We Need Everyone - Sunday, November 16, 2014
We live in a society that often seems to value outgoing, adventurous personalities over others. In a variety of ways, our culture suggests that we need to be bold to be successful, talkative to be happy, even loud to be worth hearing. This message is so pervasive that those who are more introspective, private, and quiet can begin to feel ashamed of their personality traits. They may long to be the life of the party—not the one who sits in the corner, lost in thought. They might think they need to be the one with many friends—not the one who enjoys fewer but deeper relationships. The culture may lead them to think that it’s better to be the center of attention—not the one who is content to observe.
The truth is that much of this world’s most inspiring art, most important discoveries, most influential ideas, and most revolutionary inventions were the work of people who tended to be more quiet, who did not seek the spotlight.1 In fact, it may be that the inclination to be quiet and deliberate and contemplative is more likely to foster such achievements than a bold, aggressive approach.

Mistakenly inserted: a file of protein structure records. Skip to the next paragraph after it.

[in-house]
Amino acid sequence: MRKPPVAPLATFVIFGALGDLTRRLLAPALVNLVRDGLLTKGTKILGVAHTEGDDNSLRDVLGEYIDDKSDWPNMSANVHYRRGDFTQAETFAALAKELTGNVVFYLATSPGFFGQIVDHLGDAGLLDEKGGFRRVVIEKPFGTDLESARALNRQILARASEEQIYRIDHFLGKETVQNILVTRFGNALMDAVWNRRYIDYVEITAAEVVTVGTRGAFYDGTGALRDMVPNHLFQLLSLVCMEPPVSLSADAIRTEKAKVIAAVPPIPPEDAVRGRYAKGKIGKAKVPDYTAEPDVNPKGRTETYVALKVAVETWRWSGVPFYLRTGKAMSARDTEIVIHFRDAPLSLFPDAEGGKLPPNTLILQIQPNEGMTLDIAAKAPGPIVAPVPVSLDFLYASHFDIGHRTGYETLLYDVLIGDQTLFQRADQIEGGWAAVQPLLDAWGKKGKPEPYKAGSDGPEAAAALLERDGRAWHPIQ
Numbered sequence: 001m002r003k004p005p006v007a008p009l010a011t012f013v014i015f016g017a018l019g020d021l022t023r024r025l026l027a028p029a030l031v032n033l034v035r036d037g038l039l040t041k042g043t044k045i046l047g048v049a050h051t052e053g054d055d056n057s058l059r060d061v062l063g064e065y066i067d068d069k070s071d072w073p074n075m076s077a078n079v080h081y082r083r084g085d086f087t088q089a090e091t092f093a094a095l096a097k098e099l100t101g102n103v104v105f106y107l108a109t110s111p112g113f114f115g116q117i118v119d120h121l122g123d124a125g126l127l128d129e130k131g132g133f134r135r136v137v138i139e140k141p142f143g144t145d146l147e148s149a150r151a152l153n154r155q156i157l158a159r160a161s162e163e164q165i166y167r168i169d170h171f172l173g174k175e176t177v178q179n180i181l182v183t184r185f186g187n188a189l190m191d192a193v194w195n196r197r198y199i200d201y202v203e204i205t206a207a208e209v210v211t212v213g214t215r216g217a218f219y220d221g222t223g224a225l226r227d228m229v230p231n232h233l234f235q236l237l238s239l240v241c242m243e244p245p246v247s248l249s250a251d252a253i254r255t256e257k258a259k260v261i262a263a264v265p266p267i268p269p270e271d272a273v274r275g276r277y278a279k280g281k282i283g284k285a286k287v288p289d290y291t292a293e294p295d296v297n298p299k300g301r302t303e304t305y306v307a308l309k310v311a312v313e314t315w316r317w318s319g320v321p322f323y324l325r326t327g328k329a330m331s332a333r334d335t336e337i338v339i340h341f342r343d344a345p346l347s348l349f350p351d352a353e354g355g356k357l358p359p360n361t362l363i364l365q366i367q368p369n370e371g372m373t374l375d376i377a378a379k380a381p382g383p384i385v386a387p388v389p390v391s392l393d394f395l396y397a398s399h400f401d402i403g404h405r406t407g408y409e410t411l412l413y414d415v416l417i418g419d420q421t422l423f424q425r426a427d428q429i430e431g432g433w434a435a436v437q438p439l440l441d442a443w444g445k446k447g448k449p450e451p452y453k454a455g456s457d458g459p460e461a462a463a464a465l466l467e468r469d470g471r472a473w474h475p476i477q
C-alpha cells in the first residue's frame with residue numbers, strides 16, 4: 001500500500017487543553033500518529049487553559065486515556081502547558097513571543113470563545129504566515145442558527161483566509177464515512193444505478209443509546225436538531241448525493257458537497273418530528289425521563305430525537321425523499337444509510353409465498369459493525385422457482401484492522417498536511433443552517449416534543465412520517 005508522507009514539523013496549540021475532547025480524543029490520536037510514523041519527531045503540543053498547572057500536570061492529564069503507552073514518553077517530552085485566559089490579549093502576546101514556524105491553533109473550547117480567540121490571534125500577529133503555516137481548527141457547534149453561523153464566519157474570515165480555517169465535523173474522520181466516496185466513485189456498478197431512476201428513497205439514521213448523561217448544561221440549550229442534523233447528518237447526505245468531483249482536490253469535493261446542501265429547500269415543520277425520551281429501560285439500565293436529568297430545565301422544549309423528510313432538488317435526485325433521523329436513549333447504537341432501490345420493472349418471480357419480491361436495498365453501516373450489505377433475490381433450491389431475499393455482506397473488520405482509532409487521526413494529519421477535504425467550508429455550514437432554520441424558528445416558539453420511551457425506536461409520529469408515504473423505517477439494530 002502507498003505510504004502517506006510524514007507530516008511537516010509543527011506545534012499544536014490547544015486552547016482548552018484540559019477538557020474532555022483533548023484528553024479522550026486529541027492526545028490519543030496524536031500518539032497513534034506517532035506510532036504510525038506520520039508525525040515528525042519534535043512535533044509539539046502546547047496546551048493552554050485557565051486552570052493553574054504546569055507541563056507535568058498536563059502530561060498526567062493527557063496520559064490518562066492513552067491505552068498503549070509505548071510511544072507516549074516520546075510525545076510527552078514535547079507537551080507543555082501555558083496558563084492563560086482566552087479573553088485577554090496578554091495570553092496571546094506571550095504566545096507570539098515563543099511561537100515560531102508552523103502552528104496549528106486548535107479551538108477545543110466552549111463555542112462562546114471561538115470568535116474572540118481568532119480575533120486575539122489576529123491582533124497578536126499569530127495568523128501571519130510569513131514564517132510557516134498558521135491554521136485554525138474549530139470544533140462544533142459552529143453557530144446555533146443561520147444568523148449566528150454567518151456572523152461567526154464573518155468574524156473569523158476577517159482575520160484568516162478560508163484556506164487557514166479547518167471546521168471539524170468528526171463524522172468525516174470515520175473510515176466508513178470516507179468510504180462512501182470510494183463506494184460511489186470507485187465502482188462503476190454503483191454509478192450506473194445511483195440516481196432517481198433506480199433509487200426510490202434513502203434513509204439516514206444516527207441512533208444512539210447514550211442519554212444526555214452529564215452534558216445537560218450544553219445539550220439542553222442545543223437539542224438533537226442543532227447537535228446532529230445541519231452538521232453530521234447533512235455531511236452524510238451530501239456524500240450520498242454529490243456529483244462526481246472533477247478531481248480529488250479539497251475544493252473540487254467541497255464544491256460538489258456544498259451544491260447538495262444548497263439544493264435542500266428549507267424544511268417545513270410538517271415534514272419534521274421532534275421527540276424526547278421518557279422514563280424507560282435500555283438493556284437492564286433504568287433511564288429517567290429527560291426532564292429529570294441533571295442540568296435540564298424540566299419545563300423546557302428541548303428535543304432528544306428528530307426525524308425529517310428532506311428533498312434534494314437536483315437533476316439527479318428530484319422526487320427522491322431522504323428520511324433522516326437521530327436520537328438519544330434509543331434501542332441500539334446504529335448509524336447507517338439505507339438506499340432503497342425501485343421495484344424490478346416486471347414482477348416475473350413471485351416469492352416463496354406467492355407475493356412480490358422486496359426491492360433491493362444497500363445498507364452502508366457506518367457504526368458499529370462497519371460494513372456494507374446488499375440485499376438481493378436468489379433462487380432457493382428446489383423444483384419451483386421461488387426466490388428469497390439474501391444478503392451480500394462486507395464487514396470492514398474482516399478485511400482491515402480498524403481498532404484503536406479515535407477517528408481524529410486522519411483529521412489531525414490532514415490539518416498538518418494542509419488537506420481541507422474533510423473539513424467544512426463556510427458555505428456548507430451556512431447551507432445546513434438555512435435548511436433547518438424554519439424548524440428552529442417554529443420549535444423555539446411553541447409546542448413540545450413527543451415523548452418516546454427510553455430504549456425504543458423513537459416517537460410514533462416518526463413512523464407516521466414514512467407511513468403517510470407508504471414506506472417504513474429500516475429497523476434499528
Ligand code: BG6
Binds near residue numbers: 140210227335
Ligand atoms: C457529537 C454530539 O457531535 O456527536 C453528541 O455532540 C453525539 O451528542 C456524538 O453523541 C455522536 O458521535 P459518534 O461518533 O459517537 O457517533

By some estimates, approximately half of us are more introverted than extroverted.2 And that feels about right. The world was not meant to consist of only one kind of person. Our lives are enriched by varieties of personalities and dispositions, likes and dislikes, strengths and weaknesses. We need thoughtful, cautious people just as much as we need daring risk-takers. We need introverts and extroverts and everything in between.
Most of us have a little of both in our natures anyway—traditional labels are too simplistic to truly define anyone. And our personality develops over time; nothing is forever fixed in place. When anyone neglects his or her talents, we all suffer. On the other hand, when everyone is encouraged to be authentic enough to develop their gifts and then selfless enough to share them, they unleash their potential, make meaningful contributions, and find contentment—and we’re all the better for it.
-Lloyd D. Newell
1. See Susan Cain, Quiet: The Power of Introverts in a World That Can’t Stop Talking (2013), 5.
2. See Quiet, 3–4.